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ItemBehavioural Agency and Firm Productivity: Revisiting the Incentive Alignment Qualities of Stock OptionsZolotoy, L ; O'Sullivan, D ; Martin, GP (WILEY, 2022-11-01)Drawing on behavioural agency theory, we revisit the incentive alignment qualities of stock options. Using behavioural agency’s logic, we theorize that chief executive officers (CEOs) are likely to perceive efforts directed at firm productivity as a means of protecting their option wealth (the value of previously awarded stock options). Our reasoning suggests that CEO option wealth positively influences firm productivity and that productivity mediates the relationship between CEO option wealth and firm value. Our theory also points to boundary conditions at the CEO level and the firm level. Our study advances research on the utility of stock options by focusing on effort and productivity as the mechanism through which option incentives affect CEO behaviours. We demonstrate that option risk bearing can align CEO–shareholder interests.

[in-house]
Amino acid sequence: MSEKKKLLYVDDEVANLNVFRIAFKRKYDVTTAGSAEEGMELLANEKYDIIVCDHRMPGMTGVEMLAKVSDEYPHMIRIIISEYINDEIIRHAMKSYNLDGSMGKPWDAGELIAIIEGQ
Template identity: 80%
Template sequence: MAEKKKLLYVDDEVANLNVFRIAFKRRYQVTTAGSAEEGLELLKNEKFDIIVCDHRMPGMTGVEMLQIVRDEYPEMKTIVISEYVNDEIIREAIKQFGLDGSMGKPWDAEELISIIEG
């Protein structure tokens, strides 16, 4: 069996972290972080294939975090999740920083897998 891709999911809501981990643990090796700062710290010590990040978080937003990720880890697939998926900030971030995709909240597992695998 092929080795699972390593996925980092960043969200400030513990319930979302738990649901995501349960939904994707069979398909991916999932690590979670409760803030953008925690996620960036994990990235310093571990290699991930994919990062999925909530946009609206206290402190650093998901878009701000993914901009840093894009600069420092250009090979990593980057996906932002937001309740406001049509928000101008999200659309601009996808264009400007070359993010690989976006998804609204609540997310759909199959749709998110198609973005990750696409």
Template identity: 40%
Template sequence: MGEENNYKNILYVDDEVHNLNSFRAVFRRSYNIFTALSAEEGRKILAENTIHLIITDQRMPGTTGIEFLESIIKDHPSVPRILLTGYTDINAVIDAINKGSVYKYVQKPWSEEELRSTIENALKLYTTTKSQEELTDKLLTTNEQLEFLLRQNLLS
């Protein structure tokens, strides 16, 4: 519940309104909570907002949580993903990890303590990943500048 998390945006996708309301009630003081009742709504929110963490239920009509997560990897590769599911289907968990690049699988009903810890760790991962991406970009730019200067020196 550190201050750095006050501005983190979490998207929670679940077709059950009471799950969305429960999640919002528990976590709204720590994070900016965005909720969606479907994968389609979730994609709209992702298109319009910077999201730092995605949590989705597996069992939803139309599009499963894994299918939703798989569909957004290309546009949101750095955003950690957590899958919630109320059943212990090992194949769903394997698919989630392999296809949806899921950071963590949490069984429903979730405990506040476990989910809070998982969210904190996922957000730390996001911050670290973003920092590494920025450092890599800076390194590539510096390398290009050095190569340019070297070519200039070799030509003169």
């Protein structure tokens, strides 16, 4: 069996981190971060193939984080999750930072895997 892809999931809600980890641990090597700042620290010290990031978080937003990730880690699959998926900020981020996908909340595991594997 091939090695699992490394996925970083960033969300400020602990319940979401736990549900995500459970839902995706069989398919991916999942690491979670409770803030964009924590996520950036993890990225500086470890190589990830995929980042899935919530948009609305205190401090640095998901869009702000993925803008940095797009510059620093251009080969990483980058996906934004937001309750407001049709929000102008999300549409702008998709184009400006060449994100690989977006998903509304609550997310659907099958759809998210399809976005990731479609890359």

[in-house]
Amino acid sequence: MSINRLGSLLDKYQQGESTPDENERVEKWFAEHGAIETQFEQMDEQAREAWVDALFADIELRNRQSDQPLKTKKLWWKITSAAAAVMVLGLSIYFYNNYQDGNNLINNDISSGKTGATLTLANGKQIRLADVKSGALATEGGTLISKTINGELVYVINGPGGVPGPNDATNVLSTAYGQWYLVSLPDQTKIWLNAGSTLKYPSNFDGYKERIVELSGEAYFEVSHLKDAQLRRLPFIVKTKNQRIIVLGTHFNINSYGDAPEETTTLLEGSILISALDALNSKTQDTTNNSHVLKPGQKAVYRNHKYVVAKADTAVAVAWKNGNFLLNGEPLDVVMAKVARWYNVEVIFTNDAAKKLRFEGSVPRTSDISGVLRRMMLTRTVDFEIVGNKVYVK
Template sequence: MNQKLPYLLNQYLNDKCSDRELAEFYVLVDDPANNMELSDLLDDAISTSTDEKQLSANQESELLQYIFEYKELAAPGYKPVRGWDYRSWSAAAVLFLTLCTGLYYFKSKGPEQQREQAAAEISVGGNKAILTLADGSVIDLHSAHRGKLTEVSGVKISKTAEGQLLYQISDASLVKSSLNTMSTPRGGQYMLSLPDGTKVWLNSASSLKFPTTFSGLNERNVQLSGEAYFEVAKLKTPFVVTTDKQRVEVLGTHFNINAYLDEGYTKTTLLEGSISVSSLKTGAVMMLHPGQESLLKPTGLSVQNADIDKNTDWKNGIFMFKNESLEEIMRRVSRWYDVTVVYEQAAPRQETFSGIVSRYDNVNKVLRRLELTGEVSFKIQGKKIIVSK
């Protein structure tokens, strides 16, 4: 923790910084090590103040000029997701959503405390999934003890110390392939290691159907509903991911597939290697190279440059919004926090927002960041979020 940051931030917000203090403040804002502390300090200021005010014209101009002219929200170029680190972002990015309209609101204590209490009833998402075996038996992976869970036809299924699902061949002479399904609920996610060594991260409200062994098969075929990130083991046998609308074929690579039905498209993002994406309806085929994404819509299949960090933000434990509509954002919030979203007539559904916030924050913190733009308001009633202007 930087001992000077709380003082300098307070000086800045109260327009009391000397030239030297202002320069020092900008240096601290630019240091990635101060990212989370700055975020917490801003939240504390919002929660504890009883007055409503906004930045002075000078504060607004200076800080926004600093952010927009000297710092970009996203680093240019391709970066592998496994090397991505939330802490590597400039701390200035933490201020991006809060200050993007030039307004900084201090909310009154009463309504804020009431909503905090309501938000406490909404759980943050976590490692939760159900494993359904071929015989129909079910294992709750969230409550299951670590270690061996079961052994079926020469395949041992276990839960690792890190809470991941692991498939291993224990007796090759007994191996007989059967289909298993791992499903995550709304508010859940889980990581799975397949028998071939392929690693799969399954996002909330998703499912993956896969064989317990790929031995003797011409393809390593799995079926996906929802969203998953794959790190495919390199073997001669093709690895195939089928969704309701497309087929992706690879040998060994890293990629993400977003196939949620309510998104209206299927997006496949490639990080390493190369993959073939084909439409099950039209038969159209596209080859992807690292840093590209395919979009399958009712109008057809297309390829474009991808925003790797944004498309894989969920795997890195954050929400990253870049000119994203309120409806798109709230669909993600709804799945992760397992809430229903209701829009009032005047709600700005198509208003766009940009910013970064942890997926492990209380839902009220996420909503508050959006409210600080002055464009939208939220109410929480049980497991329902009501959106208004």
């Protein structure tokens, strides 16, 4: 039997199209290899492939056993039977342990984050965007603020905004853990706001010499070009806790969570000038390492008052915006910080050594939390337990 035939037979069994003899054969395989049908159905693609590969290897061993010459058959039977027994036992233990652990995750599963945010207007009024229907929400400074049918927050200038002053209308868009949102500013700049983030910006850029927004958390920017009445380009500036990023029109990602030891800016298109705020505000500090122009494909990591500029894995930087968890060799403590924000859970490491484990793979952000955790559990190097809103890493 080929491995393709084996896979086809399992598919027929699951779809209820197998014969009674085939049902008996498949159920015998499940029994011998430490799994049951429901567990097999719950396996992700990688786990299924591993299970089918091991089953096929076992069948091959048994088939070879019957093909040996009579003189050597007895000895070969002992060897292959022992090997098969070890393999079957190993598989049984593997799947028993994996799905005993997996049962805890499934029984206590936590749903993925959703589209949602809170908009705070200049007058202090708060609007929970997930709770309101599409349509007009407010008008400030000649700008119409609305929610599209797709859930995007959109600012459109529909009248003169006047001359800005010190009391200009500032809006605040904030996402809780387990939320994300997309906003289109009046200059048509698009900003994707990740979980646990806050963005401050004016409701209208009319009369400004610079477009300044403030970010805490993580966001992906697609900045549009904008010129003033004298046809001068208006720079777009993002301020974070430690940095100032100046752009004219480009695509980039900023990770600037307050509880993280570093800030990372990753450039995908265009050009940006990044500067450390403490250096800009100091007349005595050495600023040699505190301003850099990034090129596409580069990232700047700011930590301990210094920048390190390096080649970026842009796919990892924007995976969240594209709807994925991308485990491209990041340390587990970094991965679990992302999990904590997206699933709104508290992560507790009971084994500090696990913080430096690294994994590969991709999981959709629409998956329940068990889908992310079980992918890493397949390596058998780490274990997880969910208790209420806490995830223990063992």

ItemStakeholder Agency Relationships: CEO Stock Options and Corporate Tax AvoidanceZolotoy, L ; O'Sullivan, D ; Martin, GP ; Wiseman, RM (Wiley, 2021-05-01)Infusing stakeholder agency theory with insights from behavioural agency theory, we describe a frame‐dependent relationship between CEO stock option incentives and tax avoidance. Our theoretical framework highlights the role of competing shareholder demands in providing a salient reference point for a CEO contemplating the implications of tax avoidance for their stock option wealth. In a study of 2,573 publicly listed U.S. firms between 1993 and 2014, we show that the implications of CEO stock option incentives are contingent on whether the firm’s effective tax rate is anticipated to be below or above the tax rate of peer firms – an outcome that the CEO can cast as balancing stakeholder demands. Consistent with our theoretical reasoning, we also show that, both above and below this reference point, the implications of option incentives for corporate tax avoidance are amplified by the level of activist institutional ownership and attenuated by the CEO’s ability to unwind their bond with shareholders through hedging. In doing so, our study offers an impetus for a broader stakeholder approach to governance research examining CEO incentive alignment.